Relative amounts of phosphocaldesmon were quantitated by densitometry of the exposed and scanned X-ray films using NIH Image.
Statistics. The statistical significance of the results expressed as means ± SE was assessed using an unpaired bilateral Student’st-test or a one-way repeated-measures ANOVA when appropriate (followed by a Student-Newman-Keuls multiple-comparison test when significant).
Inhibition of the ERK-MAP kinase cascade does not detectably modify the PE- and KCl-evoked contractions in presence of extracellular Ca2+.
To explore the regulatory role of ERK-MAP kinase on ferret aorta smooth muscle contraction, we used PD-098059. This compound prevents the activation of MAP kinase through inhibition of activation of the upstream kinase MEK and has been used widely to investigate the role of ERK-MAP kinase (6, 23). Aortic strips were preincubated for 30 min in the presence of PD-098059 (30 μM) or its vehicle (DMSO) and were then submitted to cumulative addition of PE. These experiments were performed in PSS containing 2.5 mM Ca2+, and the results were expressed as percentage of a control KCl-evoked contraction elicited at the beginning of the experiment. As depicted in Fig.1, the PE-induced contraction measured in the presence of the inhibitor was slightly but not significantly attenuated (P > 0.05 for all points) compared with the control concentration-response curve. Furthermore, PD-098059 did not significantly (P > 0.1) modify the contractile response of aortic strips to a depolarizing solution (Fig. 1, right).
Inhibition of the ERK-MAP kinase cascade reduces the Ca2+-independent contraction to PE.
In this set of experiments, ferret aortic strips were stimulated with a single dose of PE (0.3 or 10 μM). When the evoked contraction reached a steady state, 3 mM EGTA was added. The steady-state portion of the contraction that persists after the addition of EGTA corresponds to the previously described Ca2+-independent contractile tone. As shown on Fig.2 A, in control strips, PE elicited significant and concentration-dependent levels of maintained tone in the absence of extracellular Ca2+. In contrast, when strips were pretreated with 30 μM PD-098059, the Ca2+-independent contraction was either completely abolished (0.3 μM PE) or significantly inhibited (10 μM PE).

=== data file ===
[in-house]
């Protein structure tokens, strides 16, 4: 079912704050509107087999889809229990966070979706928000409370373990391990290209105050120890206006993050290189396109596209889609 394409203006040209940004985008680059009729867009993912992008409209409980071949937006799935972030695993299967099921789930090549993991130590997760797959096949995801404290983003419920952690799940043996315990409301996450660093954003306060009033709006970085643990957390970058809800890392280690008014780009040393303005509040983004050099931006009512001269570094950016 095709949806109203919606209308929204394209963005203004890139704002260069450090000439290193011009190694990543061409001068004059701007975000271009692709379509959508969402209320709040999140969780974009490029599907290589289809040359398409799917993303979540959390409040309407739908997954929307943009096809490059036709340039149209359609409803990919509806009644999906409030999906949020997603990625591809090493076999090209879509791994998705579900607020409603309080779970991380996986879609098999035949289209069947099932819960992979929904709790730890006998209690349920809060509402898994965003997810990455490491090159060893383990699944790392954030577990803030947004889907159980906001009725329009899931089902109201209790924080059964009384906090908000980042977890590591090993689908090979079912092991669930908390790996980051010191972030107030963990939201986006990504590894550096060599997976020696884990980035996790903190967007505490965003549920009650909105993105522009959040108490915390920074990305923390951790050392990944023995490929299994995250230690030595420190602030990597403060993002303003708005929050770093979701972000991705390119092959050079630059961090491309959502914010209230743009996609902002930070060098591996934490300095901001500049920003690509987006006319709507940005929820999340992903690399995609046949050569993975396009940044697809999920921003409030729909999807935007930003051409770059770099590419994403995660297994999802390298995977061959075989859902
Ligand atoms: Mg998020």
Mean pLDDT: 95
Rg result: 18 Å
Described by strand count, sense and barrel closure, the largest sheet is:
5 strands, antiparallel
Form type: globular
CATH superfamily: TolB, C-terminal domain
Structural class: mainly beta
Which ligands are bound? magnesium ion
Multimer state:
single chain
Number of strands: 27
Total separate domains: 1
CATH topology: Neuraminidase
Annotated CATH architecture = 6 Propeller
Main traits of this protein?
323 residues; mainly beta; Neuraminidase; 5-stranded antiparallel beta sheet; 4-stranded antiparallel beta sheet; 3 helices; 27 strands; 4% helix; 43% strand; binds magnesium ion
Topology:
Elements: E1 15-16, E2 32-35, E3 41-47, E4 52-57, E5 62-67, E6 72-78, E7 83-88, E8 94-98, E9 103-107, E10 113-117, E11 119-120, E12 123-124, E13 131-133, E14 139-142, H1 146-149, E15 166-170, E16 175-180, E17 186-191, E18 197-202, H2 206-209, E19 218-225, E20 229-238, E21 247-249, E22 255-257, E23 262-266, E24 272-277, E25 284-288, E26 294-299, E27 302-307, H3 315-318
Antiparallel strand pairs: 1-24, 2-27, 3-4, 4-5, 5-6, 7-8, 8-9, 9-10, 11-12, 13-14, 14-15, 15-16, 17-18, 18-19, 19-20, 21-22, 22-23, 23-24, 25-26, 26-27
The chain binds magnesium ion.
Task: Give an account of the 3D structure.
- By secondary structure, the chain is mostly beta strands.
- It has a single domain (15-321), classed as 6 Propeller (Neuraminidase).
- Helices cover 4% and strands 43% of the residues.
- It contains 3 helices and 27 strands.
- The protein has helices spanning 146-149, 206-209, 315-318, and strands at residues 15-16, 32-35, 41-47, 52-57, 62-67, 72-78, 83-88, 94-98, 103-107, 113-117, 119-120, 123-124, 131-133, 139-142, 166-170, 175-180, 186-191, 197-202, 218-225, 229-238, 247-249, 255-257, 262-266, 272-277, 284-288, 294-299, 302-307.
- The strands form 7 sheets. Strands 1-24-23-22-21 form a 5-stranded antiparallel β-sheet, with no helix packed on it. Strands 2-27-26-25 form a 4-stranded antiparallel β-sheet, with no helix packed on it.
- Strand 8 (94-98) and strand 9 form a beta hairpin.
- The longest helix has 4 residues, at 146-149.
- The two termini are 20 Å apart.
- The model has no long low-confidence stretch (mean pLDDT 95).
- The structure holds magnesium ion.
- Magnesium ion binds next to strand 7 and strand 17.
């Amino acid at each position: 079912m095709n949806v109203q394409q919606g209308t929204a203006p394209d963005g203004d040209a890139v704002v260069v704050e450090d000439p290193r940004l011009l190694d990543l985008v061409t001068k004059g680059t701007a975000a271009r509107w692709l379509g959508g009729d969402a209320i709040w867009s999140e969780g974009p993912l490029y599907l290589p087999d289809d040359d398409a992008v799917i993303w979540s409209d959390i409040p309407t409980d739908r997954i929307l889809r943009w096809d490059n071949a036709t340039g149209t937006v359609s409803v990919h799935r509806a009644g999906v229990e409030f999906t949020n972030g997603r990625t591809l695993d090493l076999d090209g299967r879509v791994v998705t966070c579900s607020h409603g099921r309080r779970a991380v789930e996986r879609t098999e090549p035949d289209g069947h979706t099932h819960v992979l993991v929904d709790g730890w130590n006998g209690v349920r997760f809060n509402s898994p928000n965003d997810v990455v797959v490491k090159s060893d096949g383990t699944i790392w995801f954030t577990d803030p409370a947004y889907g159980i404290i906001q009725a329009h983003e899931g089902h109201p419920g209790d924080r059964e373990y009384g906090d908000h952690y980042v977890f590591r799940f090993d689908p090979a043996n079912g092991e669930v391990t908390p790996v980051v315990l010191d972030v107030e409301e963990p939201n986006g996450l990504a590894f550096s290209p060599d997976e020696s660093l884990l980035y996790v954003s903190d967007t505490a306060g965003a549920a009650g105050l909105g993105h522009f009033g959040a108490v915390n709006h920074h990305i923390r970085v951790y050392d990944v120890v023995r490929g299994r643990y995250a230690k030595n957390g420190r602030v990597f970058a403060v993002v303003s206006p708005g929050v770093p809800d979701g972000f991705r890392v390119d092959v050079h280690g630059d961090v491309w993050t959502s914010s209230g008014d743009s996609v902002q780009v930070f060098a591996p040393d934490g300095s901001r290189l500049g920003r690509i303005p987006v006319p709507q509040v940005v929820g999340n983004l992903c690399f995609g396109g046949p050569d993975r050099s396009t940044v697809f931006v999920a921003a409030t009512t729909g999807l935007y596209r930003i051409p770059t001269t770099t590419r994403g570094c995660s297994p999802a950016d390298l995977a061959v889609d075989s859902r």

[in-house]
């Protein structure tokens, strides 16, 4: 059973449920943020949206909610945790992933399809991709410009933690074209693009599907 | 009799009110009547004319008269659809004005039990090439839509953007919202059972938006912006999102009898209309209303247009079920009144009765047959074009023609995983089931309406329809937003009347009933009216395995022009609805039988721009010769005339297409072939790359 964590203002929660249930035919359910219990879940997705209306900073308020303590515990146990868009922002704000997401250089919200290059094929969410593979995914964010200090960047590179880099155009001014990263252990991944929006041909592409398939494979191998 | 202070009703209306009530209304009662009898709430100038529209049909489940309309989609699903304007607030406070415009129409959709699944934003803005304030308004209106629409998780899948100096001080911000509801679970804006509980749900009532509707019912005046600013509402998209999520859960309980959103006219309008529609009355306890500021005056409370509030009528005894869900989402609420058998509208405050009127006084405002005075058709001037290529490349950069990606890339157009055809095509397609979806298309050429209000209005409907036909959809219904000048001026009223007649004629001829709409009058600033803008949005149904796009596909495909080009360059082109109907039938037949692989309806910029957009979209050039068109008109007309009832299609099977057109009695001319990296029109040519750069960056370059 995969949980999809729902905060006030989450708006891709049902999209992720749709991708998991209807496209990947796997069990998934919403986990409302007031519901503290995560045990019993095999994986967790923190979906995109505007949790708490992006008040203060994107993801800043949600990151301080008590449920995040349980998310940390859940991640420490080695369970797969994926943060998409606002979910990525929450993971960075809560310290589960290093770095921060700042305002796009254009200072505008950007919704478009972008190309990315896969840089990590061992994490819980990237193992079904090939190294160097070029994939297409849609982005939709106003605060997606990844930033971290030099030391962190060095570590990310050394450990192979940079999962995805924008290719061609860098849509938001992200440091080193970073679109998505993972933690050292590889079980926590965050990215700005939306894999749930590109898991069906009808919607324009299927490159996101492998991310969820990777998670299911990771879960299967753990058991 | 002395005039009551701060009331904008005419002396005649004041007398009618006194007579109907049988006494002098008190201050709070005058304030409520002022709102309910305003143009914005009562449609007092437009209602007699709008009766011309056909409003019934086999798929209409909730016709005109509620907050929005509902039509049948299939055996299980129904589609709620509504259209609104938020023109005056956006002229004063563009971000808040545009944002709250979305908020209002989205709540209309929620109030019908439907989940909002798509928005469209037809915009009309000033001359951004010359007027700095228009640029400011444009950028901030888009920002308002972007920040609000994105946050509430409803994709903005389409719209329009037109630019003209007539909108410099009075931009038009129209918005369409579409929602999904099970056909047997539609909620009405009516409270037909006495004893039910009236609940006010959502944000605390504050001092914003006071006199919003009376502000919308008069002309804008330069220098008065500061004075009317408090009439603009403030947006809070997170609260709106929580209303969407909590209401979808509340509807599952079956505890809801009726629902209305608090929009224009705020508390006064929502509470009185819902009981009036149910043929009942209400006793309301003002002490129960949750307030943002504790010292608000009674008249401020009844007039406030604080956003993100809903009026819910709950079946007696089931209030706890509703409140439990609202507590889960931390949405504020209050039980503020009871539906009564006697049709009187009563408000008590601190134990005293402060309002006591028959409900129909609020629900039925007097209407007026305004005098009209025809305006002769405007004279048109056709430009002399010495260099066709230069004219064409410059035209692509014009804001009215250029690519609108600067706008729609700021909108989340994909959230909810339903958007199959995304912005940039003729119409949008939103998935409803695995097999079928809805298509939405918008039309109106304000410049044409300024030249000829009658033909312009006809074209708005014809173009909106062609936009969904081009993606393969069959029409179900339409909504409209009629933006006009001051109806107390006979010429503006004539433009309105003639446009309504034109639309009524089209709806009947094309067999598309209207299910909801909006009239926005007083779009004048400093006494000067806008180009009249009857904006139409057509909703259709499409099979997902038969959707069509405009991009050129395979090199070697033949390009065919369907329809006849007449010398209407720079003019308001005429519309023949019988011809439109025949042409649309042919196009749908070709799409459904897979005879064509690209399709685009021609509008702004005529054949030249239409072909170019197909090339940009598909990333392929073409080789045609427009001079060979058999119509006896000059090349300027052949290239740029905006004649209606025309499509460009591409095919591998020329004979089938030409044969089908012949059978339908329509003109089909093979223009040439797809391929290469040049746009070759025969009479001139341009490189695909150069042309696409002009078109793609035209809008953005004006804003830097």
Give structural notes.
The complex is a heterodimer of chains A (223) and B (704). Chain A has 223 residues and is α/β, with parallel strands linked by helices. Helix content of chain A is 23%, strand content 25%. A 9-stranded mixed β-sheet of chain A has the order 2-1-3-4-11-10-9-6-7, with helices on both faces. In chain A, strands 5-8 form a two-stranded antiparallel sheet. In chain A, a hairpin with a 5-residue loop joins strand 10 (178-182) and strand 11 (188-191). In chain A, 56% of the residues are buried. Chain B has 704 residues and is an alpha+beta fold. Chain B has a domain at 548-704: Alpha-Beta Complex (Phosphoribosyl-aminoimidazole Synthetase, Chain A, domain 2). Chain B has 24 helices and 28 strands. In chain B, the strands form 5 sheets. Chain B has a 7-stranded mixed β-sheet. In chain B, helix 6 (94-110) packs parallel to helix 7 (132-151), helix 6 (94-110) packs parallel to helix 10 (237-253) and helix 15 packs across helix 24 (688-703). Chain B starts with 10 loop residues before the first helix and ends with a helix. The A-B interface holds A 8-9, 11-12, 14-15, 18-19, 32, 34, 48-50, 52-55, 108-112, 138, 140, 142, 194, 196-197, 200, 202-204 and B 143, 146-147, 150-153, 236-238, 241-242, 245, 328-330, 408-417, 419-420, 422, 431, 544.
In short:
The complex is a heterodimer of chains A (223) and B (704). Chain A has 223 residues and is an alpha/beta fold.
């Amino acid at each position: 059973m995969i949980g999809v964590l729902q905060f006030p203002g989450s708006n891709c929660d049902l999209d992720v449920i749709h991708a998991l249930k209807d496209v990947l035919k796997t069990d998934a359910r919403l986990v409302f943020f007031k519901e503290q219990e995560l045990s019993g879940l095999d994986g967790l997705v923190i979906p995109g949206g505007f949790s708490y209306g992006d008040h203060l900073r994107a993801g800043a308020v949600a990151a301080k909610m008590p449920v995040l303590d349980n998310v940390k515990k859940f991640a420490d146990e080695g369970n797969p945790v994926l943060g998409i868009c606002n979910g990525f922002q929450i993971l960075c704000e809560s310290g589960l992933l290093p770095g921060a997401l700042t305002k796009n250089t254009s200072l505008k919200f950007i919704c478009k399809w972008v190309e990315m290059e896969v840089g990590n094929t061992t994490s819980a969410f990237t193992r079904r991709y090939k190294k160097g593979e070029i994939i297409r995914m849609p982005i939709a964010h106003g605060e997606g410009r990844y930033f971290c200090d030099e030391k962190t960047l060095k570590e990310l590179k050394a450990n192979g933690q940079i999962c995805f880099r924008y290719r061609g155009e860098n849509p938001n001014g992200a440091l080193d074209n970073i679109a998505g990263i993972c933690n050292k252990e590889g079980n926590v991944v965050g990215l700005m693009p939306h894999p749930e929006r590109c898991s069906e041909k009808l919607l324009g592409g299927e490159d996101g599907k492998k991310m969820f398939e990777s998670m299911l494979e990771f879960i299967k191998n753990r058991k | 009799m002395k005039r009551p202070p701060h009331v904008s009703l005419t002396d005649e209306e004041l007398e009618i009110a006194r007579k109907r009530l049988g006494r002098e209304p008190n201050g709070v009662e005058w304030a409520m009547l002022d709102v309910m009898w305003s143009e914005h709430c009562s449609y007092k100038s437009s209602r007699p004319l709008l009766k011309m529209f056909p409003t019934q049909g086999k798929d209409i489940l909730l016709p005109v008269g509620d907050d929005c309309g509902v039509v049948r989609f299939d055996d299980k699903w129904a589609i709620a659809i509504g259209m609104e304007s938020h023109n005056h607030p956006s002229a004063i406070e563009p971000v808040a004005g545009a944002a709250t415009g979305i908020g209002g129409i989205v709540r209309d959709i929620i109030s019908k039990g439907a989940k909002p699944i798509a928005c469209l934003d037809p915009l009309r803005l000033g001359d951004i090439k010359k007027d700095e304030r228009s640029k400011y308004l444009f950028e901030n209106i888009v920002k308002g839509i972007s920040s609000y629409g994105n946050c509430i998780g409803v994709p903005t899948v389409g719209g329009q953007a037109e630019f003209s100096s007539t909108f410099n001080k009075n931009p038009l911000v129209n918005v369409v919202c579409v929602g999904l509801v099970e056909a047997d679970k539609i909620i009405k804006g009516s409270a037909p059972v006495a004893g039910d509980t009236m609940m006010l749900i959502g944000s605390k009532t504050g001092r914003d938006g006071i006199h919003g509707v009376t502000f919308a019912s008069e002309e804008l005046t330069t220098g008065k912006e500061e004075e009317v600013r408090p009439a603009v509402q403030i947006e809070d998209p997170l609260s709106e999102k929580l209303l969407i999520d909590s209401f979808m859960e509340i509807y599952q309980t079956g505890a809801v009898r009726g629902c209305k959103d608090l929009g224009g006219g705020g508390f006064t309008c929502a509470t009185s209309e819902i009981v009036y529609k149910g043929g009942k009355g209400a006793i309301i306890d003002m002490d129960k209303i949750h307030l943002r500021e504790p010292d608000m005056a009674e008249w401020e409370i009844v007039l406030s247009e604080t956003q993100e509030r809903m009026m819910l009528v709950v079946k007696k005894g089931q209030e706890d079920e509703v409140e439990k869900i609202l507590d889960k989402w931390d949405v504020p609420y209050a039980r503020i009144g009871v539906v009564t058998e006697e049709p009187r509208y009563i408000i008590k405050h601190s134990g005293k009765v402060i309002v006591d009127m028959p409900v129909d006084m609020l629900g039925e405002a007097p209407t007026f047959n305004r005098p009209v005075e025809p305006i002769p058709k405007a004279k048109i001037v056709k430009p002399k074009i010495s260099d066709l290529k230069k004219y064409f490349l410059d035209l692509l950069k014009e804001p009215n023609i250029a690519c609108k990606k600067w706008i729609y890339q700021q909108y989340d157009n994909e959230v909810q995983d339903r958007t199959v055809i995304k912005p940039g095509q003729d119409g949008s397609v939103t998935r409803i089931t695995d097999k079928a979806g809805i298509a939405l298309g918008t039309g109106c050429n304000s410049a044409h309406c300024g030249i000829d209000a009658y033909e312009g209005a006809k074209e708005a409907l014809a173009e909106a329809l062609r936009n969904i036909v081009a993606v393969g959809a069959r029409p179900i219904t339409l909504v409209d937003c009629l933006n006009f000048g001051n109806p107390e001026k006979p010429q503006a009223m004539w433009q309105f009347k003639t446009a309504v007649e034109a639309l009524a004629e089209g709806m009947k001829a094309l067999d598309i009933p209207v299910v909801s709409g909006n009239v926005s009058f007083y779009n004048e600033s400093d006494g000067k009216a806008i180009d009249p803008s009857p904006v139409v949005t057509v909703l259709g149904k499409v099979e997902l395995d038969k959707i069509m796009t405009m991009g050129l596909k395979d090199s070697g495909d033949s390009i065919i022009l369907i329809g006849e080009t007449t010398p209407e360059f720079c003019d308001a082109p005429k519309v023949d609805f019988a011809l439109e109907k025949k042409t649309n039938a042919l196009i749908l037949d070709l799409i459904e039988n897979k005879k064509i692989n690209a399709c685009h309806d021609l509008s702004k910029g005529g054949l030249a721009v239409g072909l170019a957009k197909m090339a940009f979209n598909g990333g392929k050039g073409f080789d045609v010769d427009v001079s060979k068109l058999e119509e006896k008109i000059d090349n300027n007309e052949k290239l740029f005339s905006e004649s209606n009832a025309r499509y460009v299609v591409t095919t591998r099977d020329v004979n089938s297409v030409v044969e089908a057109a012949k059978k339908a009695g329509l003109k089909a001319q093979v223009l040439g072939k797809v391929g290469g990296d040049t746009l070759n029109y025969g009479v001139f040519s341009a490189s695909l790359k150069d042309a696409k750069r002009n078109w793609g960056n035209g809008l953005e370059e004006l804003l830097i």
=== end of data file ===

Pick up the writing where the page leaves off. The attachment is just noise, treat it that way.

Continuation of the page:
To demonstrate that the effect of PD-098059 observed on the contraction is actually related to MAP kinase activation, we measured the PE-evoked phosphorylation of MAP kinase using an ERK1/ERK2 phospho-MAP kinase antibody (Tyr-202/Tyr-204) on protein-matched samples. As shown in Fig.2 B, PE elicited a significant and concentration-dependent increase in phosphorylation of MAP kinase, which was completely inhibited by PD-098059 (10 μM). These experiments were also performed in the presence of Ca2+ to verify that the MAP kinase phosphorylation observed in our model was not an artifact of the Ca2+-free bathing medium, due possibly to the inactivation of a Ca2+-dependent process. The results confirmed that, when muscles were treated with PE (10 μM in PSS containing 2.5 mM Ca2+), the relative amount of phospho-MAP kinase was also increased (2.6 ± 0.3-fold vs. 2.2 ± 0.3-fold in absence of Ca2+;P > 0.05). PD-098059 was also able to prevent MAP kinase phosphorylation in both conditions. When muscles were pretreated with the MEK inhibitor before the treatment with PE, the relative amount of steady-state phospho-MAP kinase was not significantly different from that in the control preparations (n = 5,P > 0.05). The time course of changes in phospho-MAP kinase was also determined in the presence of extracellular Ca2+ (Fig.2 C). Peak increases in phospho-MAP kinase occurred at 5 min. We have previously reported that, in the absence of extracellular Ca2+, a similar time course is obtained with a peak value at 4 min. (17).
Caldesmon phosphorylation evoked by PE in absence of extracellular Ca2+ is ERK-MAP kinase dependent.
We next used a newly developed antibody, shown to be selective for caldesmon phosphorylated at a MAP kinase site, to assess the ERK-MAP kinase-dependent phosphorylation of caldesmon in ferret aorta, specifically in the Ca2+-independent component of agonist-evoked contraction.